[Art Market, New York, New York]
Private dealer, Massachusetts
Edward Middleton Manigault defies categorization as an artist. He was constantly exploring different modes of painting during his all too brief lifetime, though all were in the Modernist mode. At various points in his career, Manigault explored Realism, post-Impressionism, Symbolism, and Cubism. An intensely creative soul, Manigault also executed etchings, vividly colored ceramics, wood frames, furniture, and interior decorations.
Manigault was born in London, Ontario, Canada, into a prominent, culturally aware family. An accomplished draftsman at an early age, he was asked to do line drawings of local buildings by the city of London, Ontario, when he was 18 years old. Soon after, in 1905, Manigault moved to New York City to seriously pursue his artistic career. He enrolled in the New York School of Art, where he took classes with legendary teachers Robert Henri and Kenneth Hayes Miller.
Reflecting the influence of Robert Henri’s Ashcan School of painting, Manigault’s earliest subjects were New York’s urban streets and structures, painted in a dark, tennebrist palette. Manigault already had practice in rendering buildings and perspective from his first commission in London, Ontario, though from Henri he learned to handle paint in a looser, more expressive manner.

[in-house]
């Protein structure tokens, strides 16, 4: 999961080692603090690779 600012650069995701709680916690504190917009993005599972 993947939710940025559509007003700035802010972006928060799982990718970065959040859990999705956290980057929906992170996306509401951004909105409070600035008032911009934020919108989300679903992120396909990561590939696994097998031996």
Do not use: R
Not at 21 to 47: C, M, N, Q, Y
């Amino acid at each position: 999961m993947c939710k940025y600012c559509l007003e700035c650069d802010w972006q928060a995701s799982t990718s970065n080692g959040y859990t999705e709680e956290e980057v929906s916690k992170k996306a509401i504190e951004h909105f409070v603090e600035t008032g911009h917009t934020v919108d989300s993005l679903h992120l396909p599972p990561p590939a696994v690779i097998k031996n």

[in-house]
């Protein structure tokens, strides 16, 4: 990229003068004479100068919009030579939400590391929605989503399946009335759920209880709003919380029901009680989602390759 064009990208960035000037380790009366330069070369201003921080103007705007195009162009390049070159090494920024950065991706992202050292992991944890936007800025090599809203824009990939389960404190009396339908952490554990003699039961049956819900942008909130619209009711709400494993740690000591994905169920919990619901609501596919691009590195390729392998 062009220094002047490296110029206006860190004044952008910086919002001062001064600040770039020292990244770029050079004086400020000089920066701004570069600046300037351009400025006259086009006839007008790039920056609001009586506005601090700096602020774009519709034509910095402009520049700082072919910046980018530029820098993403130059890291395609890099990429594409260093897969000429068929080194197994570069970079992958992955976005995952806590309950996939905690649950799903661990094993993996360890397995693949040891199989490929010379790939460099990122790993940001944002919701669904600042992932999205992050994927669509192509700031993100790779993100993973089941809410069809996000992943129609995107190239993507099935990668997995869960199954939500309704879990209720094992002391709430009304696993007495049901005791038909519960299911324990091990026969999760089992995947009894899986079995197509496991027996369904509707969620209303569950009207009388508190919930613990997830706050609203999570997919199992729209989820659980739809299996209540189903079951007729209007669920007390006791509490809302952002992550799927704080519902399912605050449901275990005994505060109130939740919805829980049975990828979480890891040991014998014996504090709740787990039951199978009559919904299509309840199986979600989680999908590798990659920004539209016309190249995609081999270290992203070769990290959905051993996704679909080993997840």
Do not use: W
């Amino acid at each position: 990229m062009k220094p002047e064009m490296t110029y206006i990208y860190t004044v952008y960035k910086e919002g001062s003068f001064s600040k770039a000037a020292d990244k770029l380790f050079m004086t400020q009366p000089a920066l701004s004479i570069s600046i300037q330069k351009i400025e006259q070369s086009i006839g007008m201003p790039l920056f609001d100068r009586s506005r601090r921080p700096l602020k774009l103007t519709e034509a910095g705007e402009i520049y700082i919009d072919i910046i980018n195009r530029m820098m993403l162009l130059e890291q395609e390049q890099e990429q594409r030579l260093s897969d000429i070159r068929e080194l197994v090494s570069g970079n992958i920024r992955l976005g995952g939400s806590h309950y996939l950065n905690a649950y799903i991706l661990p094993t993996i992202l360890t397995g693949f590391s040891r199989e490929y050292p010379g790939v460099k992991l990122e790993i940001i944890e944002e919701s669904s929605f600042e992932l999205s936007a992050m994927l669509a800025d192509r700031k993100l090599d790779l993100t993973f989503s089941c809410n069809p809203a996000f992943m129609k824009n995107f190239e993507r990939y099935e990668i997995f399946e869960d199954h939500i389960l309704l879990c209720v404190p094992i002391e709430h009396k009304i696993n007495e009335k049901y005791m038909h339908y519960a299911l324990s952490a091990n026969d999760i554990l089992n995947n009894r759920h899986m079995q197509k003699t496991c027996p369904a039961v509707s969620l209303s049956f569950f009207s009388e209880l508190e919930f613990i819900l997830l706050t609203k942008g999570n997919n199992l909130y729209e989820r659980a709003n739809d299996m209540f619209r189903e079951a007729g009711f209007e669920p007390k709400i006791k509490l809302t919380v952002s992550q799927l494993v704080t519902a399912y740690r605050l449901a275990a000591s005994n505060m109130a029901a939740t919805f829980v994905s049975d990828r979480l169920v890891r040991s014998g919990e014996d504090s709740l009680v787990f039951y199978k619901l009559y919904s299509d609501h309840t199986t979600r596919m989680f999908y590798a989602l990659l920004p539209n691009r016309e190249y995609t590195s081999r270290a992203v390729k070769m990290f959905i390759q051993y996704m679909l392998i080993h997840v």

The present work, a New York City street scene dated 1908, definitely reflects Manigault’s early teachings and proclivities. It is clearly related to a painting illustrated in Middleton Manigault: Visionary Modernist (2001, fig. 6). Though two years separate the two works, in both cases Manigault depicts the same wide avenue at a raking angle, with multistoried buildings forming a syncopated skyline. The streets are lined with bare trees, carriages, and pedestrians with umbrellas. The evocation of a chilly winter’s day in New York is complete.
In 1909, Manigault shifted away from a realist manner of painting, and began exploring a more personally expressive manner. As suggested by the wide range of styles and medium in which he worked, change became the norm for Manigault.
This kind of artistic exploration was accompanied by a fragile psychological nature. Manigault suffered his first nervous breakdown while serving under British forces during the First World War. He eventually wanted to attain higher mental states, starving himself like the ascetics in the hopes of achieving greater artistic clarity. Sadly, he went too far, and ended up dying of starvation in 1922 at the age of 35. His legacy, however, is secure in the remarkable range of paintings and crafts he left behind.